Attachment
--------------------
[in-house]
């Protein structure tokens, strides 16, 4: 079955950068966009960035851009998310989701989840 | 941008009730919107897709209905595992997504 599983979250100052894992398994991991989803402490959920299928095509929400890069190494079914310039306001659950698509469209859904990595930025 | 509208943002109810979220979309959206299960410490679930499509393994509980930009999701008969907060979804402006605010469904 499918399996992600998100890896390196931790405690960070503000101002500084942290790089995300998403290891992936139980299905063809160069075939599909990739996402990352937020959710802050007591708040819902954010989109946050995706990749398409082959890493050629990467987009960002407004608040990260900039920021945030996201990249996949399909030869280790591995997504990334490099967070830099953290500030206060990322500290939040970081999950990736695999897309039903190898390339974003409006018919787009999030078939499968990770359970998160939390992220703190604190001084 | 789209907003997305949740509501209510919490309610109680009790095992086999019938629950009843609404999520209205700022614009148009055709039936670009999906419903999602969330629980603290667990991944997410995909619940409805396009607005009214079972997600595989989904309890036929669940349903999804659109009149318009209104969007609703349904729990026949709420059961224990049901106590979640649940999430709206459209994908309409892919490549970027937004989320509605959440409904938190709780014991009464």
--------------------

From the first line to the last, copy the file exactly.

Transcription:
[in-house]
């Protein structure tokens, strides 16, 4: 079955950068966009960035851009998310989701989840 | 941008009730919107897709209905595992997504 599983979250100052894992398994991991989803402490959920299928095509929400890069190494079914310039306001659950698509469209859904990595930025 | 509208943002109810979220979309959206299960410490679930499509393994509980930009999701008969907060979804402006605010469904 499918399996992600998100890896390196931790405690960070503000101002500084942290790089995300998403290891992936139980299905063809160069075939599909990739996402990352937020959710802050007591708040819902954010989109946050995706990749398409082959890493050629990467987009960002407004608040990260900039920021945030996201990249996949399909030869280790591995997504990334490099967070830099953290500030206060990322500290939040970081999950990736695999897309039903190898390339974003409006018919787009999030078939499968990770359970998160939390992220703190604190001084 | 789209907003997305949740509501209510919490309610109680009790095992086999019938629950009843609404999520209205700022614009148009055709039936670009999906419903999602969330629980603290667990991944997410995909619940409805396009607005009214079972997600595989989904309890036929669940349903999804659109009149318009209104969007609703349904729990026949709420059961224990049901106590979640649940999430709206459209994908309409892919490549970027937004989320509605959440409904938190709780014991009464």